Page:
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Students ‘Visit Masjid’ for Communal Amity and Brotherhood Portrayed Negatively by Anti-Social Elements

– Sadat Hussain

New Delhi, 12 Sep: A program that has been running peacefully for almost a decade and contributing to the communal harmony of Goa has run into needless controversy due to the Vishwa Hindu Parshad’s unsubstantiated allegations. On Saturday, 9th September 2023, Class 11th students of Keshav Smruti Higher Secondary School in Dabolim, Goa attended a ‘Visit Masjid’ program in a masjid in Dabolim. The program was organized by SIO Goa Zone. After the VHP protested at the school premises, Shankar Gaonkar, the school principal, was suspended by the management. He also told The Indian Express that “Children from all the faiths study at the school. Some students from another school had also visited the mosque. I do not know why I have been suspended.”

Education Director Shailesh Zingde said, “The department has sought an explanation from the school management and the response is awaited. The principal has been suspended since it has been brought to our knowledge”.

Pandurang Korgaonkar, the school chairman has also said that all teachers who were part of the visit will be issued memos. The VHP’s claims mention that the students were made to perform rituals and wear hijab, which allegedly disturbed the parents. Members of the VHP on Monday also lodged a complaint with Vasco Police, alleging them of “supporting anti-national activities”, an official said, as cited in The Hindu. The VHP is also mistakenly linking the event to the banned Popular Front of India, which has been reproduced by multiple news outlets. News outlets are also highlighting that ‘female students’ were ‘taken’ to the mosque, in a way that completely takes away the agency of young women and curious learners to access places of worship.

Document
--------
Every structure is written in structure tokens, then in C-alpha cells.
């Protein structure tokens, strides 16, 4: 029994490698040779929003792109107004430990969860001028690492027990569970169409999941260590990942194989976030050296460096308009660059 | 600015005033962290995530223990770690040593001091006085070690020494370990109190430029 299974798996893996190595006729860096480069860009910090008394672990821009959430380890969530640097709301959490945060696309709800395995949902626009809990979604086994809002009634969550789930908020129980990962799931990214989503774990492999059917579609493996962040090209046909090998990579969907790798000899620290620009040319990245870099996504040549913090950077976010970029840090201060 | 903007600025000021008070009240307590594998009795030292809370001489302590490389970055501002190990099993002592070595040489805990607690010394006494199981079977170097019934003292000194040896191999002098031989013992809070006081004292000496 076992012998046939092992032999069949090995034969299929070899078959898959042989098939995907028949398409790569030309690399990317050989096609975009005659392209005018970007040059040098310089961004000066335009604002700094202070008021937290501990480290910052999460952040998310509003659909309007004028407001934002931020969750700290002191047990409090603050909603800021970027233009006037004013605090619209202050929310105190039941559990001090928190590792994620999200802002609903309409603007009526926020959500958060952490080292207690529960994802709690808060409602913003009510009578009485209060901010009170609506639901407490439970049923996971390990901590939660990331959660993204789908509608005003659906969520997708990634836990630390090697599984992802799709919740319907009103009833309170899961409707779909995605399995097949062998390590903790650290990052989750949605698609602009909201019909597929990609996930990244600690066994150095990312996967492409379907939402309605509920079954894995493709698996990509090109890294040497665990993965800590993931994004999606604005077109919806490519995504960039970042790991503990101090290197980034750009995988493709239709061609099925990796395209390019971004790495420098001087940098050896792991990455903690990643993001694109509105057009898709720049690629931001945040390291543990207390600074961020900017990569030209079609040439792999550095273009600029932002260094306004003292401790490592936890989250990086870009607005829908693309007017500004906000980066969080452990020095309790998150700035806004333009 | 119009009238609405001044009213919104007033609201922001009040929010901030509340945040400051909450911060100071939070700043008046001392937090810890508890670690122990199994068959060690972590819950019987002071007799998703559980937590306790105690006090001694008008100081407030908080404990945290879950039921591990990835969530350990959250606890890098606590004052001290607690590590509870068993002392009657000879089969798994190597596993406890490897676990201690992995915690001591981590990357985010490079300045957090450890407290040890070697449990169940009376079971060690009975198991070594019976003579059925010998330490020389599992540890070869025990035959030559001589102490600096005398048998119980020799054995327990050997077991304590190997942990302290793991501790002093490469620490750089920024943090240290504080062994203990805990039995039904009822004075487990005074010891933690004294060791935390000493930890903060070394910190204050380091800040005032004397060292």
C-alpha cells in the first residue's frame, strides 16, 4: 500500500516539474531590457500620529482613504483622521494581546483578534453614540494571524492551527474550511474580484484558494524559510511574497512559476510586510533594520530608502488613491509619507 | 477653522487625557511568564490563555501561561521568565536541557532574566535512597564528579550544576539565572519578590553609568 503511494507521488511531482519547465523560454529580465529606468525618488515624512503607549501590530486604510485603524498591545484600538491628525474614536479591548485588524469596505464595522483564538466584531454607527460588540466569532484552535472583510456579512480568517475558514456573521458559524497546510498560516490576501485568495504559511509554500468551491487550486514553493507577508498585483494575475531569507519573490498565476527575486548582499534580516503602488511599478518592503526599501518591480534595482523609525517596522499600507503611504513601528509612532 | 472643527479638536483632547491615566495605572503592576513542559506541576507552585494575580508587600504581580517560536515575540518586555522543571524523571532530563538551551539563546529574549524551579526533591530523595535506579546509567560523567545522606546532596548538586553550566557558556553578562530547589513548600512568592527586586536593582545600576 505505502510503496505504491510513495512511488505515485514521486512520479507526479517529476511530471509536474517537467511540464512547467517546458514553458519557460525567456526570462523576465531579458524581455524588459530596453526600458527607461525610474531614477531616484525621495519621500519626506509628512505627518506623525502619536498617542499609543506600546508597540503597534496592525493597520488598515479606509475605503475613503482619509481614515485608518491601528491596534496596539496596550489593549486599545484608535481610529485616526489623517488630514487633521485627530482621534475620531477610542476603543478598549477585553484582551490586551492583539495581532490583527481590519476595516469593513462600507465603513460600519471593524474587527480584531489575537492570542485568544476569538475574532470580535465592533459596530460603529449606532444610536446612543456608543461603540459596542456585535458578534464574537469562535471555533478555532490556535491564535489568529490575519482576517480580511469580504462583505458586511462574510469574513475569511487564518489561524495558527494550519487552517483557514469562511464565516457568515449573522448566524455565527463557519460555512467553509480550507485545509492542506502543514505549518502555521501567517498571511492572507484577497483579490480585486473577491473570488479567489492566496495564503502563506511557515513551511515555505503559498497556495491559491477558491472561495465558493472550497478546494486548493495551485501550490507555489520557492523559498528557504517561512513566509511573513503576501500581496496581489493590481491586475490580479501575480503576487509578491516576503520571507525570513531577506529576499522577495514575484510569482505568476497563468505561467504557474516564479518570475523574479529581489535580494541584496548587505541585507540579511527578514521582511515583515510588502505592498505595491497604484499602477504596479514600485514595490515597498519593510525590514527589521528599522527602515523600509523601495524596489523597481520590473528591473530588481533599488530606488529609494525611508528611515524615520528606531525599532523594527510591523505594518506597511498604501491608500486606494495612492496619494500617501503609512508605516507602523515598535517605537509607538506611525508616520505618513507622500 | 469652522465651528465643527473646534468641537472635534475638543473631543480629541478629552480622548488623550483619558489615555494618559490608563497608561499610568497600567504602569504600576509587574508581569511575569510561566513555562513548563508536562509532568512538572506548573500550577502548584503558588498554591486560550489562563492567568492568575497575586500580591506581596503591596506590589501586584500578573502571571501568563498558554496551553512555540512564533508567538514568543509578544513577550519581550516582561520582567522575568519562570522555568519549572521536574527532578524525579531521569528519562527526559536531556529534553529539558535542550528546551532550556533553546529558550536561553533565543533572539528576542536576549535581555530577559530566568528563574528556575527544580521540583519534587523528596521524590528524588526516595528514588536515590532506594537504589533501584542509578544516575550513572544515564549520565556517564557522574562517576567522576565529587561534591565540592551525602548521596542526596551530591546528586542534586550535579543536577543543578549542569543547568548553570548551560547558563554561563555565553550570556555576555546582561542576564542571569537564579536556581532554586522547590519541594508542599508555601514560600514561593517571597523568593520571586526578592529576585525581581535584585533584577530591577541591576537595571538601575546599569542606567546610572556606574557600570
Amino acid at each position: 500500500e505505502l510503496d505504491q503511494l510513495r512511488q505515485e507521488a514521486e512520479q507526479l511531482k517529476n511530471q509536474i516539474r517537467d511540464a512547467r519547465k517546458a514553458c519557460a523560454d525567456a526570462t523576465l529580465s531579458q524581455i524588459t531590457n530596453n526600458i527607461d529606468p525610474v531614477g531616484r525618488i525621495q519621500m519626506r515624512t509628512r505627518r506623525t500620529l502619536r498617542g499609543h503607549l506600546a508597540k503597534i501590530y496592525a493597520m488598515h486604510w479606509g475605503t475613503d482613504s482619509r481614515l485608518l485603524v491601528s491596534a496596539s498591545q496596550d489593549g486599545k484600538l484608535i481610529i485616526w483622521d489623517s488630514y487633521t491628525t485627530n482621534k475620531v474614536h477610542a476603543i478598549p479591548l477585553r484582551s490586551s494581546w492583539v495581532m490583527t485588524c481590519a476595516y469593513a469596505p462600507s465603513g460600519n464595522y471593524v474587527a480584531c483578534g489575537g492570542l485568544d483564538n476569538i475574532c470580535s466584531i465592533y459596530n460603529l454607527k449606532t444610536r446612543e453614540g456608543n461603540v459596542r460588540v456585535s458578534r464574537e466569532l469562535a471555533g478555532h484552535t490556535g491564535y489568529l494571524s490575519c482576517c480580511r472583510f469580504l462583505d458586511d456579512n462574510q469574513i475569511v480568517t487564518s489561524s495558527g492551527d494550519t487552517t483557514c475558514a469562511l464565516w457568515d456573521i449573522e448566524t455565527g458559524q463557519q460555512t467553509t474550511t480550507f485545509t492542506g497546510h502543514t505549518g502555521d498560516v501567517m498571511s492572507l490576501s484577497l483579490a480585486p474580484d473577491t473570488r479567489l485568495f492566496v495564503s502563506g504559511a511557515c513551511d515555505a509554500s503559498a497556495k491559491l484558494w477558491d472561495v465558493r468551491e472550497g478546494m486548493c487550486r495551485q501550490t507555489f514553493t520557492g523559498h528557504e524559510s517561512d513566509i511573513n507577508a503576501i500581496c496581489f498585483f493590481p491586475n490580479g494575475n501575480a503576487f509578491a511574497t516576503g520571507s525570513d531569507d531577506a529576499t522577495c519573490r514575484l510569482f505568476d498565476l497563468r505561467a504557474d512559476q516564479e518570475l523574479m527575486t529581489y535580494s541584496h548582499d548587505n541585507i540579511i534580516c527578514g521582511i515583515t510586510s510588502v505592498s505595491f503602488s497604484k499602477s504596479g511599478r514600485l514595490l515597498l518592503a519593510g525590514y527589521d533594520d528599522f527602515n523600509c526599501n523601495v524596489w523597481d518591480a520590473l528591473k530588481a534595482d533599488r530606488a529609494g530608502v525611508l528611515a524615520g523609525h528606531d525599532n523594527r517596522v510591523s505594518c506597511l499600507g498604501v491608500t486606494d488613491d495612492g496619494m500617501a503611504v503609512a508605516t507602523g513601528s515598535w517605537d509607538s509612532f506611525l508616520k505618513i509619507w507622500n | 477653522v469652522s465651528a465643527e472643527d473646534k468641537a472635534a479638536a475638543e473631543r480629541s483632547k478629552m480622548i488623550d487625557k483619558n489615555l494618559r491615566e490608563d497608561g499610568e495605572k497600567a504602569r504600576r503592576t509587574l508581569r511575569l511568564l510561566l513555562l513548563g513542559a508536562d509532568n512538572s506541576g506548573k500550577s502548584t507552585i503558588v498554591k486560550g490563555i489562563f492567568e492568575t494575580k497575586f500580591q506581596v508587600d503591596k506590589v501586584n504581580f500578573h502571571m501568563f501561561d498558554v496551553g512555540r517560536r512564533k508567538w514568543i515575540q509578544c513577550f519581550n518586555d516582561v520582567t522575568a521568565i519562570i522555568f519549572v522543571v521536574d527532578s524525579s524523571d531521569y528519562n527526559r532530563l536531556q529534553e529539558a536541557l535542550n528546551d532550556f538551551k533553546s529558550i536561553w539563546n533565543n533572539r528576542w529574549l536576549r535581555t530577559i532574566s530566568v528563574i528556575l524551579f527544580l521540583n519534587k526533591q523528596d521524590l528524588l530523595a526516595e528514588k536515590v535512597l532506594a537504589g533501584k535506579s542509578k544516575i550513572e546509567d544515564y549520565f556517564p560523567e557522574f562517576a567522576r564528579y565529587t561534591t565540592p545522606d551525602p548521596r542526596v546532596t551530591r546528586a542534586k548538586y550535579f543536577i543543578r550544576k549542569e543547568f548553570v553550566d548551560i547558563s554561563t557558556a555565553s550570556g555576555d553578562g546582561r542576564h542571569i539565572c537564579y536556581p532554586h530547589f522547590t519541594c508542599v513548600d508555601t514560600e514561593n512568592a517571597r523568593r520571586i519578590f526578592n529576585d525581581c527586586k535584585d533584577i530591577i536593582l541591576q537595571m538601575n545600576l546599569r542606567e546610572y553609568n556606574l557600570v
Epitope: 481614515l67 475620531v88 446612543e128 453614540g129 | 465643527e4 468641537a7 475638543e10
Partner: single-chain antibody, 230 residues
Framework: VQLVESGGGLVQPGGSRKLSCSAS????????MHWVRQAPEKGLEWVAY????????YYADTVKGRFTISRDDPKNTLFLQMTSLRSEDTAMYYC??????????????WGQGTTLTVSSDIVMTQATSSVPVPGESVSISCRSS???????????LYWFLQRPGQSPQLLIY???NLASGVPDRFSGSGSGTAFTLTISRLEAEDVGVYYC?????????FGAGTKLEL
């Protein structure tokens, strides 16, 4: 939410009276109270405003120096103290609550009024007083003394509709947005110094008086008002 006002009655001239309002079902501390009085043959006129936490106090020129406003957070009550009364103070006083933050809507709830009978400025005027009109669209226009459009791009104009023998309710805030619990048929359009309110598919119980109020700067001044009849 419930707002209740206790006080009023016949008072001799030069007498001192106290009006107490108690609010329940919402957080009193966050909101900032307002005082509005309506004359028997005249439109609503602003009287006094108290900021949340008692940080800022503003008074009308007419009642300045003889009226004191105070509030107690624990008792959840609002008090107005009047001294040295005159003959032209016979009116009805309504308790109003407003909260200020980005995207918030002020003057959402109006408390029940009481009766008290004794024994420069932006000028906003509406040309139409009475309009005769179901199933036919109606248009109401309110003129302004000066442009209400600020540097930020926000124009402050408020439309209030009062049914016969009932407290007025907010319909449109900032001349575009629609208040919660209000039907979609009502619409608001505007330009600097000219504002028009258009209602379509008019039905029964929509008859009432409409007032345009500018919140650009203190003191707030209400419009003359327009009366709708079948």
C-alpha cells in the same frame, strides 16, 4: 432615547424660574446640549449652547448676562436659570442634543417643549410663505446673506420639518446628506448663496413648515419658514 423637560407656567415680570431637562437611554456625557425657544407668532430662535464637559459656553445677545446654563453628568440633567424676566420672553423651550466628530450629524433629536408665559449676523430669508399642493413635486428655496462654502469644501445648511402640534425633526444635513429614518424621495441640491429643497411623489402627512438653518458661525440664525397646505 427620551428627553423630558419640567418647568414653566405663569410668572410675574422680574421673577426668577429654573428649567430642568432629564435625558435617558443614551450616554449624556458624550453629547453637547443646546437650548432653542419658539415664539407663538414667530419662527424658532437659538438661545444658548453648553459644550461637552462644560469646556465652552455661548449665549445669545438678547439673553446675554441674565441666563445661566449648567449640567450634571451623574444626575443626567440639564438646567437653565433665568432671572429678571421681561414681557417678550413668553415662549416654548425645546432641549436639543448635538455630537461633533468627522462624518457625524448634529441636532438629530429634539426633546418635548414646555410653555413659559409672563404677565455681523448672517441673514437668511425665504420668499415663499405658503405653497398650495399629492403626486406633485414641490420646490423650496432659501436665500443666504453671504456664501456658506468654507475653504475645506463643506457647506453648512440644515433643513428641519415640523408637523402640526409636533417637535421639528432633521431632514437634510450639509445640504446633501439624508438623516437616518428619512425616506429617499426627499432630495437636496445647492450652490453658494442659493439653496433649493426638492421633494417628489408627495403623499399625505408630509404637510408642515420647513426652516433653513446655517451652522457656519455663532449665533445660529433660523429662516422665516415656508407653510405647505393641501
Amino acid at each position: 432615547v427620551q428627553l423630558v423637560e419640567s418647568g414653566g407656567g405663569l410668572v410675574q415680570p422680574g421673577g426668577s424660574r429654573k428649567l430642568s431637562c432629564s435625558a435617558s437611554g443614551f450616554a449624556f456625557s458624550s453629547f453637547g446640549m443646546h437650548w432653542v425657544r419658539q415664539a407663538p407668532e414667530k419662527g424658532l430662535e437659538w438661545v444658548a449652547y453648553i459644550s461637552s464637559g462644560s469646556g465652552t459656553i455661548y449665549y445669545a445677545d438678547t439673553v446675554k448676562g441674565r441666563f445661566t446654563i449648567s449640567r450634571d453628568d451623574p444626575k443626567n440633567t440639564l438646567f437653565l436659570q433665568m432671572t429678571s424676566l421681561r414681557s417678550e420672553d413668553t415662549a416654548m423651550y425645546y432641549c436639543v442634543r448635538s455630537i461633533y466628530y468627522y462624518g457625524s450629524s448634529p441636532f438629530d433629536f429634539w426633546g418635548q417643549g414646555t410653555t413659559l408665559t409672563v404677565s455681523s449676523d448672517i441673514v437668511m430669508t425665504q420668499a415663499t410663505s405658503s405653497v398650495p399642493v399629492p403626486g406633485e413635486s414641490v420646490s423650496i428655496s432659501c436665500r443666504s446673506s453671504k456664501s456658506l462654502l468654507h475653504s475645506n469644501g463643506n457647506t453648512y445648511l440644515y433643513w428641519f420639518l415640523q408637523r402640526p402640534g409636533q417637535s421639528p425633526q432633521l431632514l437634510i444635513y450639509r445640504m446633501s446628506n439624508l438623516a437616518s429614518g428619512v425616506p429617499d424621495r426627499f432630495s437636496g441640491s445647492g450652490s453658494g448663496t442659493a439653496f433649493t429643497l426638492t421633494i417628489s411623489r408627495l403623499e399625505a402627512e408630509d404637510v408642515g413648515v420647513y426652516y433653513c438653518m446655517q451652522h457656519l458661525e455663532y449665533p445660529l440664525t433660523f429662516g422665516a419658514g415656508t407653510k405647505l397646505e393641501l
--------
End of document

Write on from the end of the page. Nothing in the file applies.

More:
Usman Khan, SIO (Students Islamic Organisation) Goa Zone President, told Radiance, “As students who are studying in educational institutions in a society which is as diverse as ours, it is very important to know each other’s culture, practices, faiths, and have a clear understanding of that because the way we interact with each other on a daily basis, there are high chances of we developing curiosity about the faiths of fellow citizens. When those curiosities are not addressed, they then become unfounded assumptions and doubts which can take any turn.

“Also, important is the context of the society, the things which happen in a society as a whole – the communal tension, the issues which are created about our educational institutions, the polarization, the way media reacts to incidents when one particular community is targeted. There is a high chance of students getting swayed by these headlines which do not always portray a balanced aspect of a religion or community. So, it is all the more important for students to be aware of others’ faiths and religious practices so that certain fake information or misleading pieces of info do not misguide us about the religion and faith of our fellow human beings.”

According to a statement issued by SIO, Goa Zone, “The motto of this activity has always been to clear the misunderstandings of our fellow brothers from other faiths, including Hindu and Christian communities about various aspects of Islam. We were being asked regularly why women could not enter the mosque (which they can enter), what happens inside the mosque, whom do Muslims pray to so on and so forth. It is to clear these doubts, and to promote a general spirit of amity, that SIO organises such activities.”

Asif Hussain, State President, JIH Goa, told Radiance: “The Masjid Darshan initiative by SIO Goa Zone is a very good initiative to promote social harmony by understanding and knowing more about each other’s faith in a plural society like India. It is the need of the hour to promote such constructive efforts to bring communities together.”